The critics acknowledge that, from the perspective of 2018, some songs do appear rather problematic lyrically (most obviously 'Does Your Mother Know', of course, but also 'Money, Money, Money', which Michael Hann admits "does feel a bit icky: the patriarchy is not being smashed").

However, the fact that the camply dramatic 'Fernando' and 'Chiquitita' and Eurovision romp 'Waterloo' all fail to make the top twenty is a sure-fire marker of the overall calibre of their output. Personally, I would have placed 'Mamma Mia' much higher, and, unlike Roy Keane, rate 'Dancing Queen' as one of my favourite ever singles, and certainly more highly than 'The Day Before You Came' (Jonze acclaims 'Dancing Queen' as "not only ABBA's most joyous song, but arguably pop music's itself"), but it's nevertheless hard to argue with many of the assessments. The song that tops the pile, 'SOS', is undeniably brilliant - even if it took Portishead's inspired cover to awaken some people to that fact.

How the band's hotly anticipated new material will compare remains to be seen, but as it stands ABBA's back catalogue is pretty much peerless in terms of pop craftsmanship.

Saturday, July 07, 2018

Quote of the day

"We know who the leaders of a reactionary Englishness are. But who are their progressive equivalents? The question is no longer whether politicians should promote Englishness but rather what kind.

What one seeks, then, is patriotism without rancour and a more confident, harmonious English identity that is not inward-looking and bitter, not captured and defined by the far right or the forces of reaction, but in its diversity, openness, tolerance, rootedness, generosity and commitment to the common good reflects a country distinct from but also part of a larger multinational polity; a country that has struggled for self-definition but seems at last to be experiencing a reawakening, however inchoate it may be. Call it Gareth Southgate's England."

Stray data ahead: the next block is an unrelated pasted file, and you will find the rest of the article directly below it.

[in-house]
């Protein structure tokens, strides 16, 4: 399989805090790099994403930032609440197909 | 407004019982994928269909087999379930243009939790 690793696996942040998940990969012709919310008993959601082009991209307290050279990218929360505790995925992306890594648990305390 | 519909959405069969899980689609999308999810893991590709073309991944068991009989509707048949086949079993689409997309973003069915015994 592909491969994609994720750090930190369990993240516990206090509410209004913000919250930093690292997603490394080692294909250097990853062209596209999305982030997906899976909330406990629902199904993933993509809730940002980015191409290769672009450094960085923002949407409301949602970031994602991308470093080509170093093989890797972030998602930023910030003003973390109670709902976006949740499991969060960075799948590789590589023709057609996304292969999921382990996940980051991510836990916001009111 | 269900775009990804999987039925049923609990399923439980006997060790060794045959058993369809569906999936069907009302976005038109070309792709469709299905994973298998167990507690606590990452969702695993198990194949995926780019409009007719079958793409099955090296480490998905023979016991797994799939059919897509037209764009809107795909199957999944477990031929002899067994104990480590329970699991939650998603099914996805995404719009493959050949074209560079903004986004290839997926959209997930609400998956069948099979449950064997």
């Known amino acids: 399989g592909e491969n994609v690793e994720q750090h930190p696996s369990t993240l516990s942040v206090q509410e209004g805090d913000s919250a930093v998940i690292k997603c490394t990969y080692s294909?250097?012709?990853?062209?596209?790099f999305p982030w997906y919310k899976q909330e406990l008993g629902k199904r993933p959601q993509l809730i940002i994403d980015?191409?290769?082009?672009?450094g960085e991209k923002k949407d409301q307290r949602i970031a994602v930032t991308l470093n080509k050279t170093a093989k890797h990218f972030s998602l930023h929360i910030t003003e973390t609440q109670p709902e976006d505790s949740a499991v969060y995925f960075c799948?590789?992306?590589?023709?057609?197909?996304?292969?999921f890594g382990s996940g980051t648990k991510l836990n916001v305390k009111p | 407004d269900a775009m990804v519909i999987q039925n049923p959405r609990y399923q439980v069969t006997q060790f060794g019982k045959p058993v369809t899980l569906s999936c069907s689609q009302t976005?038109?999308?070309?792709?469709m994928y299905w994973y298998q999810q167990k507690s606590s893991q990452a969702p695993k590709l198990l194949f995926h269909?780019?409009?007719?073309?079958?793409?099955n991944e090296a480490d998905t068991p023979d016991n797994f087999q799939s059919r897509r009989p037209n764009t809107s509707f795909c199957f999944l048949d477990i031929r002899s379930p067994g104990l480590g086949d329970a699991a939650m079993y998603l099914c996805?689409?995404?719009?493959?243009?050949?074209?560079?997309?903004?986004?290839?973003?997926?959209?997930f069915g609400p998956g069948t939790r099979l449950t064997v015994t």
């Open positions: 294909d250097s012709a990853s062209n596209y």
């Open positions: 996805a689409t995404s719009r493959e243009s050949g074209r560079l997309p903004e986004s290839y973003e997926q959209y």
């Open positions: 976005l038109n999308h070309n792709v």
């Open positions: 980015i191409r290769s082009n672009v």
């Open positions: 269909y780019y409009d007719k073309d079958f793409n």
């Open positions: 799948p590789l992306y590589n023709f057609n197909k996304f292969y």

New Statesman editor Jason Cowley writing on Englishness and the World Cup. His point might be overstated, perhaps, but nevertheless it does seem to ring broadly true.

At the outset of the tournament, I had little time for England, but the bold and resilient mentality, calm assurance and evident harmony of the young, multiracial squad has been impressive - as has Southgate himself, a model of "thoughtfulness, articulacy and pragmatic good sense". Whatever happens this afternoon in Samara, he and his players have succeeded in reconnecting the national side with fans and helped to shape (and maybe even redefine) English national identity in the process.

"A gentle soul"

Soon after legendary Cardiff busker Toy Mic Trev was tracked down to the village of Pentre, up in the Valleys, he was back in the Welsh capital for what was billed as his final gig. And yet it wasn't - he returned some time later, without the media fuss and fanfare, drawn back by the simple pleasure of making people smile.

Sadly, though, there will be no more opportunities to chance upon him crooning away on Queen Street. Following his death at the age of 80, friends and neighbours have been paying touching tribute to the man behind the voice.

Friday, July 06, 2018

Feelgood music

Just a stone's throw from Cardiff Castle stands a statue of Aneurin Bevan, the left-wing firebrand MP who is credited as the architect of the NHS. So it was entirely fitting that former Super Furry Animals frontman Gruff Rhys should have chosen to perform 'No Profit In Pain' there yesterday, given that the song was specifically commissioned by National Theatre Wales for their NHS70 festival.

Writing in the Guardian, Rhys explained the motivation behind his involvement and the decision to temporarily abandon his customary "lyrical abstraction" in favour of something more direct: a robust hands-off-the-NHS message to "zealous free-marketeers" with "loads of swearing in it" (though perhaps not as much as one might expect given the subject matter and the fact that this is the man who wrote 'The Man Don't Give A Fuck').